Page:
This opinion concerns a conservatorship account in the State of Michigan and whether the account is a countable resource in the SSI program. Michigan State law gives probate courts legal jurisdiction over conservatorship accounts. In this case, the probate court denied use of the conservatorship account funds for the eligible individual's support and maintenance. Because the court has jurisdiction over the conservatorship account and has denied use of the funds for support and maintenance, the eligible individual does not have access to the account and it is not countable as a resource for SSI purposes.

2. OPINION

You asked for a legal opinion concerning whether funds held in a restricted account constitute a countable resource to Jose L. P~ (Jose) for SSI purposes. Based on the facts as we understand them, we conclude that the account is not available for Jose's care and maintenance, and, therefore, should not be considered a resource to him.

Background

At some point prior to January 1, 2000, funds were deposited in Putnam Investments, in the name of Susan K. P~, Conservator, on behalf of Jose. By March 31, 2000, the amount in the Putnam Investment Fund was $7,307.12. On June 7, 2000, Juan Manuel P~ (Juan) and Susan K. P~ (Susan) were appointed co-conservators of Jose's estate by the Kent County, Michigan, Probate Court. The Letter of Conservatorship states that Juan and Susan were granted power to take possession, collect, preserve, manage, and dispose of Jose's property and to perform all acts permitted or required by statute, court rule, and orders of the probate court, unless limited by the Letter of Conservatorship. The Letter of Conservatorship included a restriction that Juan and Susan were responsible for the preservation of Jose's assets and "shall not dispose of any asset, make any withdrawal of funds or make any disbursements of the minor's assets without a specific court order authorizing the transaction."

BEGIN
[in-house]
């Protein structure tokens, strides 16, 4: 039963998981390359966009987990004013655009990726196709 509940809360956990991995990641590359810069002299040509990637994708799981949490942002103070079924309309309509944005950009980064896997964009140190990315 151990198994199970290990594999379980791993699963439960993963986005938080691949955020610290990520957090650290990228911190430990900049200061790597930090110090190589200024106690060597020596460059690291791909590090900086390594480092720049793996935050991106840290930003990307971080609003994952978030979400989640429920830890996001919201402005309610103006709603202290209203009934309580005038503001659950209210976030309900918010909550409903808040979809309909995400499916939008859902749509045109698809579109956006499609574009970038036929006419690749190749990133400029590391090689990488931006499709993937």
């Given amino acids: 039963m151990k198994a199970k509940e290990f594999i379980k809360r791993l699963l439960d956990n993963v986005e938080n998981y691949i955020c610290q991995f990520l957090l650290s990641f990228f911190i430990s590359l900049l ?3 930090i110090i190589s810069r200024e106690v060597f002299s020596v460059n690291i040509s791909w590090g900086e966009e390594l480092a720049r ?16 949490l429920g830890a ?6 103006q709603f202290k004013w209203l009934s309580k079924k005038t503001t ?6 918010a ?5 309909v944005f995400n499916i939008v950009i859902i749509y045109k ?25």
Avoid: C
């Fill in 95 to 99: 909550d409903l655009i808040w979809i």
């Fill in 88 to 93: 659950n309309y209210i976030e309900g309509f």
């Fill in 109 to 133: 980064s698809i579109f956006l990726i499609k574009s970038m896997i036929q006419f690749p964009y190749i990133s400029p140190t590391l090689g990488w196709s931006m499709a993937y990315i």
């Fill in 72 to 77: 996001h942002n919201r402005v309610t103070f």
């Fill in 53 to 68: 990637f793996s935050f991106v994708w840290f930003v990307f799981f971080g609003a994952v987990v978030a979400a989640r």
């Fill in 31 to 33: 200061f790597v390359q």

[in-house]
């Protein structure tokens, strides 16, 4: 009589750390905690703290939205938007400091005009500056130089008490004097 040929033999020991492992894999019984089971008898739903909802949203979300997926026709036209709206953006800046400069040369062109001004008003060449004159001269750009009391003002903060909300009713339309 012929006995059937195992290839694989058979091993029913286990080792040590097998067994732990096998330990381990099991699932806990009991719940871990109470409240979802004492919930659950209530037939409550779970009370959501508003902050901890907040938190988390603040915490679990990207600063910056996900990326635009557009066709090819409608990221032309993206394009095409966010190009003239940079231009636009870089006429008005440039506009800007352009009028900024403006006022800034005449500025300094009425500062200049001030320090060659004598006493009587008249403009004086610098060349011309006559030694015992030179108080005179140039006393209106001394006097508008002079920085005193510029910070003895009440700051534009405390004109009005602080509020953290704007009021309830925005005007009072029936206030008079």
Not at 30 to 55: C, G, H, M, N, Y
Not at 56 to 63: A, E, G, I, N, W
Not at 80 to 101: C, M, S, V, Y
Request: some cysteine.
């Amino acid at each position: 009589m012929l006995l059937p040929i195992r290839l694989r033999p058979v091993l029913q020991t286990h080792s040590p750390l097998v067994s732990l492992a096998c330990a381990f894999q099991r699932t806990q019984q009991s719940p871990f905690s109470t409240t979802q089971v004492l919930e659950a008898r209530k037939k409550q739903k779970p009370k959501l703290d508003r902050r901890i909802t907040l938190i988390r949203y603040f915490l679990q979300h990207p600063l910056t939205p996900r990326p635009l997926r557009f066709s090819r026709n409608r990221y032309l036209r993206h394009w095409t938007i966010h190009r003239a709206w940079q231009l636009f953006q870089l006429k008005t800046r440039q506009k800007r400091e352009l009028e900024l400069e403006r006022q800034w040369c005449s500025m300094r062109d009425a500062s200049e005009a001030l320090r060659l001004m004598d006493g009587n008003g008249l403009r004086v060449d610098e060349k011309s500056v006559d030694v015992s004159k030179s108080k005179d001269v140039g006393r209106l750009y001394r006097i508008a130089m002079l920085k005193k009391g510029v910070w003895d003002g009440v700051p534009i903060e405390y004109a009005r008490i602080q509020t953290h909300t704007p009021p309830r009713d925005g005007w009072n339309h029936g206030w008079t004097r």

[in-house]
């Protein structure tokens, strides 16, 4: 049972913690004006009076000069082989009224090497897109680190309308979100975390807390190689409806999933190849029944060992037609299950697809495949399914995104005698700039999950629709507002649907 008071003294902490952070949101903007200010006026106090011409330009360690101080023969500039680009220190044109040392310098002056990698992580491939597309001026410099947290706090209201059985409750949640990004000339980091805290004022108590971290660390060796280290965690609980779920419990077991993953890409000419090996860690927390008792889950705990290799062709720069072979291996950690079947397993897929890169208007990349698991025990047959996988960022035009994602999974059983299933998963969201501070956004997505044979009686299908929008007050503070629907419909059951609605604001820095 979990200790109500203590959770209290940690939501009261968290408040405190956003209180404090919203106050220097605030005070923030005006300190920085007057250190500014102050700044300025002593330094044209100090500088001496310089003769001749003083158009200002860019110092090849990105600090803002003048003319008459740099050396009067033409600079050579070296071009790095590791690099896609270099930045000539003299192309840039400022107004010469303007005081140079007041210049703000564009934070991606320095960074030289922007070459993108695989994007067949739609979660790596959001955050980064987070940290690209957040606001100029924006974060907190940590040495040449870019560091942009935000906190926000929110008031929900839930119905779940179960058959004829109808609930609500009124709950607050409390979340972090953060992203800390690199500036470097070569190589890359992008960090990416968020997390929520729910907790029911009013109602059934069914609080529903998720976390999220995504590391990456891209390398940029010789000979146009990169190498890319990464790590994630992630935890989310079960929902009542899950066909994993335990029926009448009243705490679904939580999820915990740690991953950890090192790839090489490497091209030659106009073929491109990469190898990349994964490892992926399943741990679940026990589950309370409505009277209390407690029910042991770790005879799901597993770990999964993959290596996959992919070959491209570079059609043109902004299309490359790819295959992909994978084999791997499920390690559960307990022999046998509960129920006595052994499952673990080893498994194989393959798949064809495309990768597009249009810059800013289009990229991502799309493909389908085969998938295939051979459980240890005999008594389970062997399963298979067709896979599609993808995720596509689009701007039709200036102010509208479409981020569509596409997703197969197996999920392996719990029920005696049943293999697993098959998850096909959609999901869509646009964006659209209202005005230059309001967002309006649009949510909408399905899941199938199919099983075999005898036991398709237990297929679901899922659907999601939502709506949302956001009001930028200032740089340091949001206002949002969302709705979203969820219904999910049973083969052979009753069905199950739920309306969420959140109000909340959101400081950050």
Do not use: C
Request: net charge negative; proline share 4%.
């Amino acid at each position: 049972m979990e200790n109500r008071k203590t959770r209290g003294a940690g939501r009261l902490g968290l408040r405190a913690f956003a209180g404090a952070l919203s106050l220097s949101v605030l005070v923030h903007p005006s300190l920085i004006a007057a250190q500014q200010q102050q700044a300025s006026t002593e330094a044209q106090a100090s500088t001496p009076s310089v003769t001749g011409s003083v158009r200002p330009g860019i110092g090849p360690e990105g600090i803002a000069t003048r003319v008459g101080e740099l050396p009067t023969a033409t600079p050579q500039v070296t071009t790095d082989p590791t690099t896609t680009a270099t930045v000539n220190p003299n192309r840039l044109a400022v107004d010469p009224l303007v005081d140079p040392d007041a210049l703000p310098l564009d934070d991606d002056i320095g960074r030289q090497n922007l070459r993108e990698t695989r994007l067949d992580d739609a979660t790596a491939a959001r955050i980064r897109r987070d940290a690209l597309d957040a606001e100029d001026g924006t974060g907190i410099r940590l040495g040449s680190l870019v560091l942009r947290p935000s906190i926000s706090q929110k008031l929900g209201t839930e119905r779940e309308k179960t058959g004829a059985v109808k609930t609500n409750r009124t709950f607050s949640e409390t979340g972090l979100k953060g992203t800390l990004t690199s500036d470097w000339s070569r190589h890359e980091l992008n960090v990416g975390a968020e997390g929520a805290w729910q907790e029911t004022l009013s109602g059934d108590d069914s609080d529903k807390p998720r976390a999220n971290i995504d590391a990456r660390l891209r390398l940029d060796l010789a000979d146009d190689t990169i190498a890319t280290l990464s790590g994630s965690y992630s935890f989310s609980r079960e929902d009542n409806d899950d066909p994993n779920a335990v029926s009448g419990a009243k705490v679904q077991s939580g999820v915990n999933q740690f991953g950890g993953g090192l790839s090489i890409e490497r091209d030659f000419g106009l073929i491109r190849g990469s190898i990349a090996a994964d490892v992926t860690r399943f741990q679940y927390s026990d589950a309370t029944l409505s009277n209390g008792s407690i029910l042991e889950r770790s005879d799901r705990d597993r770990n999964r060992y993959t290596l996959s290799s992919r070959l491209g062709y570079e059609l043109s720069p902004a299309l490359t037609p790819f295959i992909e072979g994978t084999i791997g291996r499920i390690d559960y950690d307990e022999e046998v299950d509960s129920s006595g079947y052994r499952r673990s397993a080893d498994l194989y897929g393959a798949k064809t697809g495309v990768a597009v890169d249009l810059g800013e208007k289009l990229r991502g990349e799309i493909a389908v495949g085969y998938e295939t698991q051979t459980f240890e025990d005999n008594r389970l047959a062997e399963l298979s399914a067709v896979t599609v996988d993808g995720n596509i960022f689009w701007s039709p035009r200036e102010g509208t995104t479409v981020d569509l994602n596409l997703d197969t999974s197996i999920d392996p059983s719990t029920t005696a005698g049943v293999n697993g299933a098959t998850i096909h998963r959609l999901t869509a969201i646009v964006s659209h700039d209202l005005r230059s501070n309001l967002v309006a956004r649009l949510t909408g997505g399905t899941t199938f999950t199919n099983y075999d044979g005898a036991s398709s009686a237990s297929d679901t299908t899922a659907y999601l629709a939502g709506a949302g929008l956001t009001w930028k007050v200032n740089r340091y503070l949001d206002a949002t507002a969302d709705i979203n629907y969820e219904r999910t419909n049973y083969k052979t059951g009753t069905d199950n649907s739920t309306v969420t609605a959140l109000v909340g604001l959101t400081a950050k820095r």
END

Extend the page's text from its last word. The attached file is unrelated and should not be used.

On June 17, 2000, Juan and Susan applied to the Probate Court to release funds from the Putnam Investment "to support" Jose. The same Judge that signed the Letter of Conservatorship denied their request and explained that the funds belonged solely to Jose and could not be used to offset a "parent's obligation to support Jose."

Discussion

The primary purpose of the Supplemental Security Income program is to assure a minimal level of income to low-income aged, blind, and disabled persons who have income and resources below an amount established by the Federal government. 20 C.F.R. § 416.110. Under this program, if the value of an individual's resources exceeds a resource limitation, that person is not eligible for SSI benefits. 20 C.F.R. §§ 416.110(a). For an individual such as Jose, that resource limit is $2,000. 20 C.F.R. § 416.1205.

A resource, for SSI purposes, includes assets that the individual owns and could convert to cash to be used for his support and maintenance. 20 C.F.R. § 416.1201(a). When a fiduciary (such as a guardian or conservator) manages and controls funds owned by an SSI recipient, those funds are considered to be available to the recipient for the recipient's support and maintenance, absent a legal restriction on the use of or access to the funds. POMS SI 01140.215. The funds in this case are held in a conservatorship account, also known as a "blocked" account, in that the conservator may access funds held on behalf of Jose only with the permission of the court.